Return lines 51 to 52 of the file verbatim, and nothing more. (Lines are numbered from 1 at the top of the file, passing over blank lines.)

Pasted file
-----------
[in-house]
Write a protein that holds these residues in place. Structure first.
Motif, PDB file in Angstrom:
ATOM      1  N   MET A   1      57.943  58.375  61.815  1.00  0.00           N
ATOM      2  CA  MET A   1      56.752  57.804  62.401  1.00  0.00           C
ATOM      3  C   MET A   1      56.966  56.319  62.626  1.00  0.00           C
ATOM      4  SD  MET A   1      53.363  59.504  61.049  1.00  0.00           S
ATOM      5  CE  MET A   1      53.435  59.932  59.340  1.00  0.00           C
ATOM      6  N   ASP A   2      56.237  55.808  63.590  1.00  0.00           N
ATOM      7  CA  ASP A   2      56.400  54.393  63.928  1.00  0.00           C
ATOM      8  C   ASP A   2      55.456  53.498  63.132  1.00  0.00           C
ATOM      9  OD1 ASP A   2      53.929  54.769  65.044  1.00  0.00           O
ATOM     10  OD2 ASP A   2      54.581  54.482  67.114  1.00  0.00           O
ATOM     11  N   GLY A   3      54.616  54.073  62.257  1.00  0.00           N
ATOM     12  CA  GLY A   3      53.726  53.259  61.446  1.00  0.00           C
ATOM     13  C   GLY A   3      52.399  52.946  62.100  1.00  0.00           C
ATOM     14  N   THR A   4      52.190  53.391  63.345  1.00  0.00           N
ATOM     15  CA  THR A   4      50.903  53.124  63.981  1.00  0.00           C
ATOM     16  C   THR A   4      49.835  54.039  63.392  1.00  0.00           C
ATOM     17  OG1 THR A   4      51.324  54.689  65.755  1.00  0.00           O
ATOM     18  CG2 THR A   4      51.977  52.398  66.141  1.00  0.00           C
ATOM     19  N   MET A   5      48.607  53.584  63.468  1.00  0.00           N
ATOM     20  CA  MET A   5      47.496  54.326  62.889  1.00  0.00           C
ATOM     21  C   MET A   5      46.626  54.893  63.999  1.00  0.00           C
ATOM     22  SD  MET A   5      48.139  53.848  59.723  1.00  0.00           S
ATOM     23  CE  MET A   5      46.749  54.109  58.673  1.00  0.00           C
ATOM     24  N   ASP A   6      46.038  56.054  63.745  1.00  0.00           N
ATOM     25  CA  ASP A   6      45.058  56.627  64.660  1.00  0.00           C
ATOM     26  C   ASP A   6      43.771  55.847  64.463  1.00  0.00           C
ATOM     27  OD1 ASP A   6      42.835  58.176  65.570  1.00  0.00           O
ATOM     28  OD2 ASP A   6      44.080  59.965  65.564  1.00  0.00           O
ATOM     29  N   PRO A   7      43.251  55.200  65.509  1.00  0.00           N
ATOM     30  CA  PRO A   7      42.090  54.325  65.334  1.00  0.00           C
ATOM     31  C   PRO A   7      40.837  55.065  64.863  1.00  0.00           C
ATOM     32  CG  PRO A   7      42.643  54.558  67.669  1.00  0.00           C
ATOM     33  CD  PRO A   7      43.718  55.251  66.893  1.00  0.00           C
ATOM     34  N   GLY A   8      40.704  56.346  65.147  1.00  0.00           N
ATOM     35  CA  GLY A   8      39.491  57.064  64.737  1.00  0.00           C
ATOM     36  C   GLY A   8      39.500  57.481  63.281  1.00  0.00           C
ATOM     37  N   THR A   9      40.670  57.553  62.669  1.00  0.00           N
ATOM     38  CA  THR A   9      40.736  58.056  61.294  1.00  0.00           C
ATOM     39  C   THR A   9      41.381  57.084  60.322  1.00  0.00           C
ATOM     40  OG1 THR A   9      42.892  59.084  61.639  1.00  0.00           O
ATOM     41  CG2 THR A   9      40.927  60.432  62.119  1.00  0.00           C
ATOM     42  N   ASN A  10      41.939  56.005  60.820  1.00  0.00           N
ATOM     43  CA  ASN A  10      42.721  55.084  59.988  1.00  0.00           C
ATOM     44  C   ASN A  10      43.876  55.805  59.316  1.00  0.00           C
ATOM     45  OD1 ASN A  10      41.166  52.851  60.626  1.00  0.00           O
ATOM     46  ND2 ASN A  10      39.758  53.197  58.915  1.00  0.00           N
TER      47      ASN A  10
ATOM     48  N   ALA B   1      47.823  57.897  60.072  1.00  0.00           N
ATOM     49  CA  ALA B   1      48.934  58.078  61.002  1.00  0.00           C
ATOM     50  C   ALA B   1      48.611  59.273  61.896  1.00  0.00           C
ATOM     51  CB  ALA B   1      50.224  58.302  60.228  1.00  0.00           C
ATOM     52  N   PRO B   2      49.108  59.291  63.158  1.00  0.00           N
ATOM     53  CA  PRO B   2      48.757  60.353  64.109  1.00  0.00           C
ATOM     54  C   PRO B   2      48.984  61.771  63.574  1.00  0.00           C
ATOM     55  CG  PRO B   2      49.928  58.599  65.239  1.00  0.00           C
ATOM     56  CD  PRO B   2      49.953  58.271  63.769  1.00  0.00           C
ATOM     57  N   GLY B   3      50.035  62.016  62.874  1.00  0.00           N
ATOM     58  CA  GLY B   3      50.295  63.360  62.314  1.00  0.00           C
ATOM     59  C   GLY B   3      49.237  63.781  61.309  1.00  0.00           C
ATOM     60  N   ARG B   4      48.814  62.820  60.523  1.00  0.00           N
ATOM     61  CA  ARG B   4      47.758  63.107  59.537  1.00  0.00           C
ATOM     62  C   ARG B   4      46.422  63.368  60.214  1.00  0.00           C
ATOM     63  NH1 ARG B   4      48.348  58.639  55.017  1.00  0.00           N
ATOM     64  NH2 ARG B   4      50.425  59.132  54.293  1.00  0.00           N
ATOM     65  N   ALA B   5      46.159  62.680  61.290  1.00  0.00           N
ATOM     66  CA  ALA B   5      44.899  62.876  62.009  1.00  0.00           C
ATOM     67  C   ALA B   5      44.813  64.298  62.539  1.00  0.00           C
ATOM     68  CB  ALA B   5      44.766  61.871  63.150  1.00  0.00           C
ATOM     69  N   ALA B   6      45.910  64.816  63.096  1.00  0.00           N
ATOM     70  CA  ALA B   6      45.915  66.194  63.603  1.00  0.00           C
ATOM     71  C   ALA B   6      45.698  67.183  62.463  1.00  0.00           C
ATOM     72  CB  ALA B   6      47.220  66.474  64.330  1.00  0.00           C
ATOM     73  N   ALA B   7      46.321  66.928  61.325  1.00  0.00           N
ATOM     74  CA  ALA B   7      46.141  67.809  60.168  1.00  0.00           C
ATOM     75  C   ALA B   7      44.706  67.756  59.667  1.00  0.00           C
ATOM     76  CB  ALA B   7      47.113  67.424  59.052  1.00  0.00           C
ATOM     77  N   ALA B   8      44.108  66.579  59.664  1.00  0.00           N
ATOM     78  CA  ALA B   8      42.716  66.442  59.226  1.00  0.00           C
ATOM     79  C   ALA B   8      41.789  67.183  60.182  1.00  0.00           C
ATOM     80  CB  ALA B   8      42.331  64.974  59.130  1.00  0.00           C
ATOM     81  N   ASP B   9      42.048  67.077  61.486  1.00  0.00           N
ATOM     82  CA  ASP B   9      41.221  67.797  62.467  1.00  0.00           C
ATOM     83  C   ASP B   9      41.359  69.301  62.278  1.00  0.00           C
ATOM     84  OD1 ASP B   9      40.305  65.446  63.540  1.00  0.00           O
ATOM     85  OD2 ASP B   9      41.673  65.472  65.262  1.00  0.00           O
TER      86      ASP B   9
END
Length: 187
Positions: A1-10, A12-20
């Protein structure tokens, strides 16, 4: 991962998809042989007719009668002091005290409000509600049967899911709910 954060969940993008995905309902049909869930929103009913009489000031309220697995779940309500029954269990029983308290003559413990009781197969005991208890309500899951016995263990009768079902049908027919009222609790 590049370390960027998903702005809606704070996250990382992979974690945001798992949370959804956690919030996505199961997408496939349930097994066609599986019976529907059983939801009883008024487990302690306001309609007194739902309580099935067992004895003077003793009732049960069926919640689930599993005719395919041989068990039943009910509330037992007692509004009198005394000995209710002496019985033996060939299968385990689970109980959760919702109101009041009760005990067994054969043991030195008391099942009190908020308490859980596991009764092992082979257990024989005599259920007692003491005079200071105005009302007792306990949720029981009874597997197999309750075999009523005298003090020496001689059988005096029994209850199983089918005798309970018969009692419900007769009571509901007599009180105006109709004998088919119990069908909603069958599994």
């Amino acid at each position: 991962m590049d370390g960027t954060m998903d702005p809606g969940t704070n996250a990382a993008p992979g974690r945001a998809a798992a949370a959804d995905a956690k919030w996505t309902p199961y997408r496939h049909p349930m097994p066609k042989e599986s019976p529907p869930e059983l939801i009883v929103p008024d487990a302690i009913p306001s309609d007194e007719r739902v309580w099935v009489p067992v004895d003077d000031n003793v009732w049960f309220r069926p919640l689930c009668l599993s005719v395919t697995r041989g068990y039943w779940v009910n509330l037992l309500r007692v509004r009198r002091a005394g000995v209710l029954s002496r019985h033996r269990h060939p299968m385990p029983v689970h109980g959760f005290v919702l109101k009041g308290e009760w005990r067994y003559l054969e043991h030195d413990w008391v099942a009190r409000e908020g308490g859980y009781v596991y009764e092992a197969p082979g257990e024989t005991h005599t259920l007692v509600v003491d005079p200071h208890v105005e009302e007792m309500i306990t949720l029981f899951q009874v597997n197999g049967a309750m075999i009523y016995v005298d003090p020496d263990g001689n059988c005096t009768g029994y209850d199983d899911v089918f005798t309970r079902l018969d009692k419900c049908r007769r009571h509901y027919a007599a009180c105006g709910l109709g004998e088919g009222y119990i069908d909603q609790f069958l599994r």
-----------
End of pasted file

ATOM     48  N   ALA B   1      47.823  57.897  60.072  1.00  0.00           N
ATOM     49  CA  ALA B   1      48.934  58.078  61.002  1.00  0.00           C